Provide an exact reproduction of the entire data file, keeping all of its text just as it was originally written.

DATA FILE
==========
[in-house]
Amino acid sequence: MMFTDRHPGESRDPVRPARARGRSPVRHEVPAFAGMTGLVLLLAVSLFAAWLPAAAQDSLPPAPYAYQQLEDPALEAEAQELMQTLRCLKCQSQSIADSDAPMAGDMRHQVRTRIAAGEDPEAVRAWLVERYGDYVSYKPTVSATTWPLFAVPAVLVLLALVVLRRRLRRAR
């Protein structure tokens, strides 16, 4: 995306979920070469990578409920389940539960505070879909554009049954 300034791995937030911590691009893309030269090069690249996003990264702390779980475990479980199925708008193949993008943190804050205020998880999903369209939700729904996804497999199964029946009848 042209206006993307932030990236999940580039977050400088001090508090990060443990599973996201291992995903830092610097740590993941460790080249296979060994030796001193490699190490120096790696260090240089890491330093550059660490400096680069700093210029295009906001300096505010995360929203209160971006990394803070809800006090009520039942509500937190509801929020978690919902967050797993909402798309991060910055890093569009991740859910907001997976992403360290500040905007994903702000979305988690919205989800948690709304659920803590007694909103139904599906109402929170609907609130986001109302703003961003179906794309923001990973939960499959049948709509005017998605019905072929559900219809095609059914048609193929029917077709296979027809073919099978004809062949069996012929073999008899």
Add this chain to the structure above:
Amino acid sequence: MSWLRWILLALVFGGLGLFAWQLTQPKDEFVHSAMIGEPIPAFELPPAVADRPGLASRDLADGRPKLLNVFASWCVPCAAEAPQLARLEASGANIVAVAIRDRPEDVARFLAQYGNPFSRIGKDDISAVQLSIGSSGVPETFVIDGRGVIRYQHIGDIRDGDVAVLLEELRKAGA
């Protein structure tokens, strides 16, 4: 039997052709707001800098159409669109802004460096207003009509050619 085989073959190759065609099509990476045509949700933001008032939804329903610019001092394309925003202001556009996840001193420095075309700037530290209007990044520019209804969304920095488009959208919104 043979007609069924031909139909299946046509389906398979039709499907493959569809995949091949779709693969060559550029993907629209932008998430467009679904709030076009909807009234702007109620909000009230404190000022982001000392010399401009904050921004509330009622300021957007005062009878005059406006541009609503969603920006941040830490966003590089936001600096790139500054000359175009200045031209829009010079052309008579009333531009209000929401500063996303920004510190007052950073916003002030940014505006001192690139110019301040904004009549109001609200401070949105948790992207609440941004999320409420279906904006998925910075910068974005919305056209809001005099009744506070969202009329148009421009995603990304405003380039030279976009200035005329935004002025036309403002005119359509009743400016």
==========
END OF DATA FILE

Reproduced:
[in-house]
Amino acid sequence: MMFTDRHPGESRDPVRPARARGRSPVRHEVPAFAGMTGLVLLLAVSLFAAWLPAAAQDSLPPAPYAYQQLEDPALEAEAQELMQTLRCLKCQSQSIADSDAPMAGDMRHQVRTRIAAGEDPEAVRAWLVERYGDYVSYKPTVSATTWPLFAVPAVLVLLALVVLRRRLRRAR
């Protein structure tokens, strides 16, 4: 995306979920070469990578409920389940539960505070879909554009049954 300034791995937030911590691009893309030269090069690249996003990264702390779980475990479980199925708008193949993008943190804050205020998880999903369209939700729904996804497999199964029946009848 042209206006993307932030990236999940580039977050400088001090508090990060443990599973996201291992995903830092610097740590993941460790080249296979060994030796001193490699190490120096790696260090240089890491330093550059660490400096680069700093210029295009906001300096505010995360929203209160971006990394803070809800006090009520039942509500937190509801929020978690919902967050797993909402798309991060910055890093569009991740859910907001997976992403360290500040905007994903702000979305988690919205989800948690709304659920803590007694909103139904599906109402929170609907609130986001109302703003961003179906794309923001990973939960499959049948709509005017998605019905072929559900219809095609059914048609193929029917077709296979027809073919099978004809062949069996012929073999008899």
Add this chain to the structure above:
Amino acid sequence: MSWLRWILLALVFGGLGLFAWQLTQPKDEFVHSAMIGEPIPAFELPPAVADRPGLASRDLADGRPKLLNVFASWCVPCAAEAPQLARLEASGANIVAVAIRDRPEDVARFLAQYGNPFSRIGKDDISAVQLSIGSSGVPETFVIDGRGVIRYQHIGDIRDGDVAVLLEELRKAGA
């Protein structure tokens, strides 16, 4: 039997052709707001800098159409669109802004460096207003009509050619 085989073959190759065609099509990476045509949700933001008032939804329903610019001092394309925003202001556009996840001193420095075309700037530290209007990044520019209804969304920095488009959208919104 043979007609069924031909139909299946046509389906398979039709499907493959569809995949091949779709693969060559550029993907629209932008998430467009679904709030076009909807009234702007109620909000009230404190000022982001000392010399401009904050921004509330009622300021957007005062009878005059406006541009609503969603920006941040830490966003590089936001600096790139500054000359175009200045031209829009010079052309008579009333531009209000929401500063996303920004510190007052950073916003002030940014505006001192690139110019301040904004009549109001609200401070949105948790992207609440941004999320409420279906904006998925910075910068974005919305056209809001005099009744506070969202009329148009421009995603990304405003380039030279976009200035005329935004002025036309403002005119359509009743400016």